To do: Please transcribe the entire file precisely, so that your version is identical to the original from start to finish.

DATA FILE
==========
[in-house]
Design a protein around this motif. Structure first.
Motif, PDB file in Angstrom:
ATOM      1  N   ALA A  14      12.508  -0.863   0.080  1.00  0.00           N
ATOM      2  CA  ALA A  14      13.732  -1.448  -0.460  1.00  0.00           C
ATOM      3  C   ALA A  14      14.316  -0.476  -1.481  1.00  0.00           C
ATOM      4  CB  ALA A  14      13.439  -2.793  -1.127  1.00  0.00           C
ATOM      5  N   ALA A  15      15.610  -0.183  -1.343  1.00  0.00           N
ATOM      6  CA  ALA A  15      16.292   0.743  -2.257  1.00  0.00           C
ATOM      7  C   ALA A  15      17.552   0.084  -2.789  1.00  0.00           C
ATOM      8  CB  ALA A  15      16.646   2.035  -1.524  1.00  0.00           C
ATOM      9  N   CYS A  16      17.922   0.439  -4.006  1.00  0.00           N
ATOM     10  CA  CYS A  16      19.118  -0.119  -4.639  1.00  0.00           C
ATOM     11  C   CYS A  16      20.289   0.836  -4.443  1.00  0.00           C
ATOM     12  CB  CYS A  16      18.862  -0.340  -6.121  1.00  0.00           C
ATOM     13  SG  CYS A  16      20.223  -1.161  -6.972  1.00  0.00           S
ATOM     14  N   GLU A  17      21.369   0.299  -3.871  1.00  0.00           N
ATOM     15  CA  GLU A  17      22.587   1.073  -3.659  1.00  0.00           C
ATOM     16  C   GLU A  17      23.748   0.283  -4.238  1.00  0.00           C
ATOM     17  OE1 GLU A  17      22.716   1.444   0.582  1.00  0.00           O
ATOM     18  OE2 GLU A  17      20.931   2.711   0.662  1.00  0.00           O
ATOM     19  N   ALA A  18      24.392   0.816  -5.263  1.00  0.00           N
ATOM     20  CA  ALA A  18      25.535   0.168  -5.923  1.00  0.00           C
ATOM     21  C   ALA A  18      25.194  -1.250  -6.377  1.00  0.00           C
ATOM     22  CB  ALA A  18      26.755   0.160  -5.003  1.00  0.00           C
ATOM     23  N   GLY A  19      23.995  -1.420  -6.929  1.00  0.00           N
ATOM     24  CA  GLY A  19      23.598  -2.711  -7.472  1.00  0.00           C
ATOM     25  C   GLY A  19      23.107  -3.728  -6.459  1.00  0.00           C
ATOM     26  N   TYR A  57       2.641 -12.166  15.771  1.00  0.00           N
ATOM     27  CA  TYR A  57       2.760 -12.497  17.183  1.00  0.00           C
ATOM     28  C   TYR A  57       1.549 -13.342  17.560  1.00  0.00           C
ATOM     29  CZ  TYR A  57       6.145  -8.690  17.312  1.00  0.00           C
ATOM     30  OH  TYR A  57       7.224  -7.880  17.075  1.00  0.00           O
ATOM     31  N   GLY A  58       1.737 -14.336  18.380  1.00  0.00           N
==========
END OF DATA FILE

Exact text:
[in-house]
Design a protein around this motif. Structure first.
Motif, PDB file in Angstrom:
ATOM      1  N   ALA A  14      12.508  -0.863   0.080  1.00  0.00           N
ATOM      2  CA  ALA A  14      13.732  -1.448  -0.460  1.00  0.00           C
ATOM      3  C   ALA A  14      14.316  -0.476  -1.481  1.00  0.00           C
ATOM      4  CB  ALA A  14      13.439  -2.793  -1.127  1.00  0.00           C
ATOM      5  N   ALA A  15      15.610  -0.183  -1.343  1.00  0.00           N
ATOM      6  CA  ALA A  15      16.292   0.743  -2.257  1.00  0.00           C
ATOM      7  C   ALA A  15      17.552   0.084  -2.789  1.00  0.00           C
ATOM      8  CB  ALA A  15      16.646   2.035  -1.524  1.00  0.00           C
ATOM      9  N   CYS A  16      17.922   0.439  -4.006  1.00  0.00           N
ATOM     10  CA  CYS A  16      19.118  -0.119  -4.639  1.00  0.00           C
ATOM     11  C   CYS A  16      20.289   0.836  -4.443  1.00  0.00           C
ATOM     12  CB  CYS A  16      18.862  -0.340  -6.121  1.00  0.00           C
ATOM     13  SG  CYS A  16      20.223  -1.161  -6.972  1.00  0.00           S
ATOM     14  N   GLU A  17      21.369   0.299  -3.871  1.00  0.00           N
ATOM     15  CA  GLU A  17      22.587   1.073  -3.659  1.00  0.00           C
ATOM     16  C   GLU A  17      23.748   0.283  -4.238  1.00  0.00           C
ATOM     17  OE1 GLU A  17      22.716   1.444   0.582  1.00  0.00           O
ATOM     18  OE2 GLU A  17      20.931   2.711   0.662  1.00  0.00           O
ATOM     19  N   ALA A  18      24.392   0.816  -5.263  1.00  0.00           N
ATOM     20  CA  ALA A  18      25.535   0.168  -5.923  1.00  0.00           C
ATOM     21  C   ALA A  18      25.194  -1.250  -6.377  1.00  0.00           C
ATOM     22  CB  ALA A  18      26.755   0.160  -5.003  1.00  0.00           C
ATOM     23  N   GLY A  19      23.995  -1.420  -6.929  1.00  0.00           N
ATOM     24  CA  GLY A  19      23.598  -2.711  -7.472  1.00  0.00           C
ATOM     25  C   GLY A  19      23.107  -3.728  -6.459  1.00  0.00           C
ATOM     26  N   TYR A  57       2.641 -12.166  15.771  1.00  0.00           N
ATOM     27  CA  TYR A  57       2.760 -12.497  17.183  1.00  0.00           C
ATOM     28  C   TYR A  57       1.549 -13.342  17.560  1.00  0.00           C
ATOM     29  CZ  TYR A  57       6.145  -8.690  17.312  1.00  0.00           C
ATOM     30  OH  TYR A  57       7.224  -7.880  17.075  1.00  0.00           O
ATOM     31  N   GLY A  58       1.737 -14.336  18.380  1.00  0.00           N